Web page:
First Investment/Rental Property - Check my Numbers?

11 Replies

Hello all, new to the forums and just wanted to use the experts here as a sounding board for the deal I'm working.  This is my first investment property; up to this point I was all about investing in the stock market but I saw the light after reading Rich Dad Poor Dad!  

So the property is a duplex built in 1997 (great condition) in Colorado Springs, total sq ft 2,804 with both units being 2bd/2bath w/ 2 car garage and great views of the mountain and Pikes Peak.  Projected numbers below, can anyone double check to see if I'm overlooking something?

Sale price: $437,500

Conventional loan w/ 25% down, closing costs, etc.: $112,927 so loan total is $328,125 @ 5.125% = $2,076/mo

Rents are $1,425 and $1,450 (soon to be $1,500) for a total of $2,925/mo and tennants pay all utilities

Property tax $1,358/yr

So taking into account 8% vacancy, $1000/yr maintenance, property tax, insurance costs, and no prop mgmt, I'm projecting around $600/mo in cash flow.  

After listening to around 100 BiggerPockets podcasts, I almost feel like I'm overlooking something in the projection because so many people realize around $200/mo cash flow.  Can anyone do a sanity check on this for me?  Thanks!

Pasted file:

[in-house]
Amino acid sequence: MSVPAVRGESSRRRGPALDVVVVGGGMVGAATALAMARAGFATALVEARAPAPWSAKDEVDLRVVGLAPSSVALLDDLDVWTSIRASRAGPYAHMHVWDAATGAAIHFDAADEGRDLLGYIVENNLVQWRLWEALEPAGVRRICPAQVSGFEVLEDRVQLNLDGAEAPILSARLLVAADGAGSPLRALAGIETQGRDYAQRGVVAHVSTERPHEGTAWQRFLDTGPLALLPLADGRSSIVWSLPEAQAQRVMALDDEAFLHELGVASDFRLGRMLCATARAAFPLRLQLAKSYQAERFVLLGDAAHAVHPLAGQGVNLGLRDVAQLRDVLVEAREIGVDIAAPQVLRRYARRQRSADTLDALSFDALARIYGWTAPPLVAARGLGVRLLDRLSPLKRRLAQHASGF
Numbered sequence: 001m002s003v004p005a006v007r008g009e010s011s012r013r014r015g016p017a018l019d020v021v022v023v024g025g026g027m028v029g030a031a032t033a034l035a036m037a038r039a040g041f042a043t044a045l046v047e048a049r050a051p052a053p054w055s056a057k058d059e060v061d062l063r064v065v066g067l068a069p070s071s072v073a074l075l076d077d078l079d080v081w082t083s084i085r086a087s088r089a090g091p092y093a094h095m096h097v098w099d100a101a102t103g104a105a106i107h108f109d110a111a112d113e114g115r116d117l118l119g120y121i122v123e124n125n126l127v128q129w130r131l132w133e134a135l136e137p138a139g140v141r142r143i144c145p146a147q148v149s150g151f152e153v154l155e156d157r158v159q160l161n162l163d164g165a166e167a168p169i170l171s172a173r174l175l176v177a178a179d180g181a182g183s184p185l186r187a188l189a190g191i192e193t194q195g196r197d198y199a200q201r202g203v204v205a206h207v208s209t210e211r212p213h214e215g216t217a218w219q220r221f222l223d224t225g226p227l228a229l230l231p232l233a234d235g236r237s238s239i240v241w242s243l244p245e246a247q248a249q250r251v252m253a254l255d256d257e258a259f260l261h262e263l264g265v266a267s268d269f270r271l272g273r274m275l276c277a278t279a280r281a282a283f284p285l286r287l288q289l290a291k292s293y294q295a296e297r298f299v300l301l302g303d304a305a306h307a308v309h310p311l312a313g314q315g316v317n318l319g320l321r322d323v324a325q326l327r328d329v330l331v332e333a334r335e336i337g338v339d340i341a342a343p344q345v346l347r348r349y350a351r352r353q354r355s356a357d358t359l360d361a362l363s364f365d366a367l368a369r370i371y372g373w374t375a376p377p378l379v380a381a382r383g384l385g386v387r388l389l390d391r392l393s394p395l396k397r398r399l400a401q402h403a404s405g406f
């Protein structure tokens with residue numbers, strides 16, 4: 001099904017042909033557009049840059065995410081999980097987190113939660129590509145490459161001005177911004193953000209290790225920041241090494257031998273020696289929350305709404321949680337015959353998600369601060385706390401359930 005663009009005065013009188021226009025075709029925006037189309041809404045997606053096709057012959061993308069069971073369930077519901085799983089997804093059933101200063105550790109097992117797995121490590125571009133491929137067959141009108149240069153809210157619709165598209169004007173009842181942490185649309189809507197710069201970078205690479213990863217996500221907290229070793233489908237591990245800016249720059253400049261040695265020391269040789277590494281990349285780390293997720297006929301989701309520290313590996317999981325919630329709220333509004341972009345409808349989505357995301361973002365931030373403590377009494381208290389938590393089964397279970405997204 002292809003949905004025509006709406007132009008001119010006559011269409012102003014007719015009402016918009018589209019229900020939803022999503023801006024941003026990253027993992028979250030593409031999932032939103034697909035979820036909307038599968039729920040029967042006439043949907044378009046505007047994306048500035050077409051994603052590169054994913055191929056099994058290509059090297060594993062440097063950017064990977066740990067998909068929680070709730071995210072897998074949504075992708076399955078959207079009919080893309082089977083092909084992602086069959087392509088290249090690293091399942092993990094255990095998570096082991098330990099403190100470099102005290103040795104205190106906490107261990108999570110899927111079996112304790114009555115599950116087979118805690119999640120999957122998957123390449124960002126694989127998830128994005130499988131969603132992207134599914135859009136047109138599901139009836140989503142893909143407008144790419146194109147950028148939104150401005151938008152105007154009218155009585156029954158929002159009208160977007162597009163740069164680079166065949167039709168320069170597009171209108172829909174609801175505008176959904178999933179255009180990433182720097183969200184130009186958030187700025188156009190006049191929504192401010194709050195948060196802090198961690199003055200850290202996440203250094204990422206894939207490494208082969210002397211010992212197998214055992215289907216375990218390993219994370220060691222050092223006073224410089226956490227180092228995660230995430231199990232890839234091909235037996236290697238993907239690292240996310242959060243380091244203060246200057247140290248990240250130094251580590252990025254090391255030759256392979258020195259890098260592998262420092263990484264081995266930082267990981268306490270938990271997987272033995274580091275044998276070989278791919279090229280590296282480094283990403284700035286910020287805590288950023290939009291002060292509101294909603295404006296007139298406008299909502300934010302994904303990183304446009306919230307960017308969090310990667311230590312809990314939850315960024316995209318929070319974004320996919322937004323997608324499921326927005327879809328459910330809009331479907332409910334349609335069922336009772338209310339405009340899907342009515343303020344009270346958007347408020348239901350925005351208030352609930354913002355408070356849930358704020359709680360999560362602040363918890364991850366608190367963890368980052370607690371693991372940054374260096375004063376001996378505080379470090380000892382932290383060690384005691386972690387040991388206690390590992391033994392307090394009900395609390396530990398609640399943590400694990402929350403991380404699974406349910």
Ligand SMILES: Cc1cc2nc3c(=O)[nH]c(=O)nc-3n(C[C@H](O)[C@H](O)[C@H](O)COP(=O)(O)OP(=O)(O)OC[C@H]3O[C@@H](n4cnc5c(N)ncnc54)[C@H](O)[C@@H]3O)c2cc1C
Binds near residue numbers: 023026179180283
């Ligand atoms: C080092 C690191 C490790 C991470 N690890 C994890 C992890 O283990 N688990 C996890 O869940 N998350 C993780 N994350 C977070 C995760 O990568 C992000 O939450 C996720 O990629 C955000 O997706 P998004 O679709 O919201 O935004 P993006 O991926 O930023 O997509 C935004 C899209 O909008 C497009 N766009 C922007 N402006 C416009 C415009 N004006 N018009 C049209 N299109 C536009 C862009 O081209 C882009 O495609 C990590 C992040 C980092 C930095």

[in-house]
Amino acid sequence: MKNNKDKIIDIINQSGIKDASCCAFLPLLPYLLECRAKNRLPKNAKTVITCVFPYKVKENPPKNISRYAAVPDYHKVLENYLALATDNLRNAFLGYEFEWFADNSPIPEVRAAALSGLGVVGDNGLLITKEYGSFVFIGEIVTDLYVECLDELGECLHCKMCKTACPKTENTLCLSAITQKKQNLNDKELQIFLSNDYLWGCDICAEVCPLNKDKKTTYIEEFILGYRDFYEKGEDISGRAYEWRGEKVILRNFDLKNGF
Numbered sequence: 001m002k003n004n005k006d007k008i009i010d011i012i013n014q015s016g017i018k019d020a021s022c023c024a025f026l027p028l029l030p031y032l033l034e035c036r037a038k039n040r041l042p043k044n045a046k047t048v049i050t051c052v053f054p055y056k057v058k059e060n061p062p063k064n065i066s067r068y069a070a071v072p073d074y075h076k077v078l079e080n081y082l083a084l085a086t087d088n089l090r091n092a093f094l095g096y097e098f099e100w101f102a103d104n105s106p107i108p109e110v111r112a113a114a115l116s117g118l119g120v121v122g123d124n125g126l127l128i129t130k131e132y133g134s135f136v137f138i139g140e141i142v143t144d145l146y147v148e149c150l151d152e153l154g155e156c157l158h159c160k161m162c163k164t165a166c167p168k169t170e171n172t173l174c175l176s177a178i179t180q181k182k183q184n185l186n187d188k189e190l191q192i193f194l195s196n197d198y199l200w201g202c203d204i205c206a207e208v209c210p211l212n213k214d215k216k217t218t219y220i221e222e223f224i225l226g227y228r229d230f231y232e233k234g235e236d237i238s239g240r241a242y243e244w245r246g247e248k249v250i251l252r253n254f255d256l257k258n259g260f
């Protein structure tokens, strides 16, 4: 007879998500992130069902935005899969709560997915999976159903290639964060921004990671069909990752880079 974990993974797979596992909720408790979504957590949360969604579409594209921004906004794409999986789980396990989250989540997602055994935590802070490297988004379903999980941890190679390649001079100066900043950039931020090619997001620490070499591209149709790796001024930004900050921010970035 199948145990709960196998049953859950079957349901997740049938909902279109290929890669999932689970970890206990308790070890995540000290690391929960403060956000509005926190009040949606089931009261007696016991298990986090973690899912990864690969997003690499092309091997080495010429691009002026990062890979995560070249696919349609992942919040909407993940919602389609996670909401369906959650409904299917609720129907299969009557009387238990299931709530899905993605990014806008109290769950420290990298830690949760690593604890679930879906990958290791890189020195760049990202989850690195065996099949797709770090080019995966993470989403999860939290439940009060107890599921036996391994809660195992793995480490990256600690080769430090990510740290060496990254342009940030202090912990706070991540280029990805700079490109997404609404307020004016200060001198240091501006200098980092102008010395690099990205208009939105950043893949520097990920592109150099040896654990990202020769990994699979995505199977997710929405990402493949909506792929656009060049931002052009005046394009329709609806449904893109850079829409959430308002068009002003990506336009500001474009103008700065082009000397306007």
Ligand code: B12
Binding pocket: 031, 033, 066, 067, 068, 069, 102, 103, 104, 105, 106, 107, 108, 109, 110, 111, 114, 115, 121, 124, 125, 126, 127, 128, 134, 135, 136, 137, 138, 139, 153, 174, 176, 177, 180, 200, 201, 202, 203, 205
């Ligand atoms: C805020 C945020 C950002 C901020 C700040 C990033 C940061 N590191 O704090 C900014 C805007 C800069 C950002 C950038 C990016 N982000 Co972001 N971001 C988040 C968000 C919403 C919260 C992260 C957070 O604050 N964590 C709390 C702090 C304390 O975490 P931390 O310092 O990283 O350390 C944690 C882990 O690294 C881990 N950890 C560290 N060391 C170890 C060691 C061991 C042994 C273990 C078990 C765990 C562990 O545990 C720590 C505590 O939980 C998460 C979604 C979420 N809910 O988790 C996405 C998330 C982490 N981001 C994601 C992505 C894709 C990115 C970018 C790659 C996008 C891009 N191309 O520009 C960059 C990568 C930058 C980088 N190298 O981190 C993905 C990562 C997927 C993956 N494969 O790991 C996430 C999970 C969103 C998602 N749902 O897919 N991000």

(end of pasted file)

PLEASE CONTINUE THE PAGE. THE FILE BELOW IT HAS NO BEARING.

Hi @Cameron Burke . Welcome to the party! Real estate is, in my opinion; more logical, predictable and all around fun than the stock market...IF you buy right. If you don’t, it can be pretty dang stressful. 

So with that said, your $600/mo cash flow (if you get that) is only a little over 6% cash on cash ROI considering your down payment. That's not very good since historically the stock market is closer to 8-9% annually, without much work from you, but the duplex will require some "work". You mention others saying that $200/mo cash flow is good, but that's relative to the initial investment. Is there a chance for appreciation for a duplex in your market? In mine, there isn't, since the only people who purchase those are investors and don't get the homeowner appreciation bump.

Also, I think that your estimate of $1000/yr in repairs is low. The duplex is over 20 years old and one new furnace or water heater is going to eat up your annual repair budget and then some. On top of that, one tenant turn is going to cost about $1-2k if new paint or flooring is needed. 

I could keep going but this is just some food for thought, and hopefully helps you out. Good luck!

Bruce

Bruce,

Thanks for the input. I agree with you on all points. The last few years I've been seeing great results with simply index investing (which I'm still continuing in multiple IRA accounts) so I guess part of the motivation for real estate was to diversify a little bit (in addition to the REIT holding I have). I feel there is a great potential for appreciation in this market. Its in the Old Colorado City (some compare it to the next Denver or Portland with the "hipster"/millennial influx) with unobstructed views of the mountain range and Pikes Peak, which really drive up cost here. But I was going into the deal without the focus on appreciation because I don't like to speculate too much on investments. I know it's only about 6% ROI at this rental rate, but if trends continue, I should be able to charge upwards of $2k per unit in a couple years. Plus comparable AirBnB rates would be around $150/night which would really boost my cash flow.